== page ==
Sounds of Berlin #4

Help yourself to our buffet board of Berlin’s best new music

Words By Jake Kelly
Photos By Main image: Moscoman by Nuphar Blechner

Are you feeling cooped up, trapped, cramped? Strung out, wound up, ready to explode? That’s pretty understandable, and maybe even unavoidable, but you’re in luck – we can help by giving you some music tips to help with escape and release.

Music changes the space around us. It’s someone else’s experiences, fears, passions, and hopes, bottled up and shipped directly to you. It rarely does what you’d expect, and you can never guess where it’s going to lead you, but you can be sure that it’s going to grab the world around you and paint it a new colour. In these rough days, weeks, even months music isn’t going to provide all the answers we all need, but there’s a chance it will give us the boost we’ve been missing.

Check out a few of the recent Berlin releases we’ve been loving. Let them be your Mario Kart Starman and provide you with extra speed and invincibility.

Moscoman – Time Slips Away [Moshi Moshi]

This is the best thing Moscoman has ever done. That is high praise considering his output to date, and the fact that he is the mastermind behind the Disco Halal record label. Time Slips Away is a dancey record, but it’s not a dance record – it’s a flawless collection of timeless electronica. It sits in the same crossover school as LCD Soundsystem, The Chemical Brothers, and Cut Copy. Yes, these are some big names to drop, but this is a big record. Like all of these artists – Moscoman included – traces of Bowie, strains of psychedelia and hints of 80s neon pop permeate as influences, but always shaped and skewed in individual ways. Right now, this is the electronic album of the year, and it’s going to take some beating. Jonny Tiernan


J. Vague – New Life [Mansions and Millions]

J. Vague makes a mysterious entrance; an experienced artist arriving under a new name, after swearing off the music industry years ago. He brings with him four immediate, unabashed love songs grounded in very real emotional intensity. His voice is soft and sweet, hovering over a silky bed of synths and guitar, driven by machine rhythms. Falling somewhere between the warped soul of Jai Paul and the pastel psychedelia of Sandro Perri, J. Vague crafts a tight EP of lovely, intimate pop, drifting into focus like sun-dappled mist. Jake Kelly


Various Artists – Una Vida De Barrio

At a time when many of us are feeling cut off and reduced to individuals, a story of friendship and camaraderie can really get you in the gut. This compilation comes straight from a rundown football cage in Kreuzberg, and the team who have been playing there for 6 years. Spanning 7 nationalities, each team member has contributed a track. Whether leaning towards house, techno or disco, each track shares a depth and fullness of spirit that feels in tune with 90’s euphoria. The team plays with glowing, resonant chords and the loose-limbed rhythms of broken beat and garage. The result is comforting and encouraging, even if you aren’t aware of its joyful origins.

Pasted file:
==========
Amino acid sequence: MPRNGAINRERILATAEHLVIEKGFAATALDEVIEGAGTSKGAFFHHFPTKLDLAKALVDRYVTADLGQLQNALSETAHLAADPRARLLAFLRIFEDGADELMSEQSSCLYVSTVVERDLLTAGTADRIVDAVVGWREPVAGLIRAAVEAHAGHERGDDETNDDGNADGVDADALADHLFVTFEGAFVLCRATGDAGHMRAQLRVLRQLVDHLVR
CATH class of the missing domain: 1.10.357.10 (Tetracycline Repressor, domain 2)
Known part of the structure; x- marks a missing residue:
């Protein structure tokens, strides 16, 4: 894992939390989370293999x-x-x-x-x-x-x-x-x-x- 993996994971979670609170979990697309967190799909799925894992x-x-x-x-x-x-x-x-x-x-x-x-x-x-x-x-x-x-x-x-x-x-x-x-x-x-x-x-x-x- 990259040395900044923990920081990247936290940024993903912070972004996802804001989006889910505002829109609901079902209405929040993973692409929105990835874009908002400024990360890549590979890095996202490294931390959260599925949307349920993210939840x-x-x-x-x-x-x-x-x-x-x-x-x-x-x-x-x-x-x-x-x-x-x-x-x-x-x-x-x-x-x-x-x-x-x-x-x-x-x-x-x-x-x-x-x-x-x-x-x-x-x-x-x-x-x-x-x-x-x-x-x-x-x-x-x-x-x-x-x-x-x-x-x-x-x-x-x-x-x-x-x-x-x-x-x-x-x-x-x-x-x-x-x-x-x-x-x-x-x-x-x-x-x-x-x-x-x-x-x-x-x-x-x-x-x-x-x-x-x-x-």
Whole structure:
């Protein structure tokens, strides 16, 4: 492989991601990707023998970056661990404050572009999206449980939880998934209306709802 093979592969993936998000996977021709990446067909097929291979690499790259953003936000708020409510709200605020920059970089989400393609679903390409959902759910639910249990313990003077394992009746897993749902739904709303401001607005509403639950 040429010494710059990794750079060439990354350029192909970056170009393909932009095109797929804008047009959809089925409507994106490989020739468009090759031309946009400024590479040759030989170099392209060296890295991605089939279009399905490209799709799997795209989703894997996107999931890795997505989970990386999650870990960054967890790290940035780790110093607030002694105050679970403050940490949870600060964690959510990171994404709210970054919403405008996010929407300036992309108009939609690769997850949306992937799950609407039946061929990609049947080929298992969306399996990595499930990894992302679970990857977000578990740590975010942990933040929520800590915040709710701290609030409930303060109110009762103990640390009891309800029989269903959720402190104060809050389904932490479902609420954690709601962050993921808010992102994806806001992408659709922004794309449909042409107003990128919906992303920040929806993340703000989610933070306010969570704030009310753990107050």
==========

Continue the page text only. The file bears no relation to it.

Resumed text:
While the tracks vary in sound and tone, the through-line is the palpable spirit of a team pushing together and sweating together – a familiar feeling for anyone that has ever played a game of football on the weekend. Great story, even better tunes. Jake Kelly


Robert Owens, Floxyd, Ted Warehouse, KAISER66 –  Zeitlos [Jean Yann Records]

Although it may still be a long while before these tracks can be experiences in the setting they deserve, this collaborative EP is still essential listening for anybody seeking to lose themselves and leave the ground behind. The irresistible vocals of Chicago house legend Robert Owens glide over classic, pure, honeyed house production from Floxyd, Ted Warehouse and Kaiser66. Sometimes all you need is a burst of that timeless Chicago sound to reconnect with the past and propel yourself into the future. Jake Kelly


Big Eater – Dark Thoughts/Uncaged Birds

Longtime Berlin punks, Big Eater, are also here to help you lose yourself, though not in quite the same direction as our other favorite releases. Their wild, heavy rhythm section feels like disco slipping across a wet road at night, complete with spiraling bongos and a booming tuba supporting the illusion. They pack a huge, danceable punch into these two tracks, and their creativity is infectious. With untamed vocals and persuasive energy, these songs worm their way into your head and your feet. There’s no use resisting. The impression Big Eater leaves is fully their own – the real thrill of their music is being able to hear just how much they enjoyed making it. Jake Kelly

To hear these records and more follow LOLA on Spotify.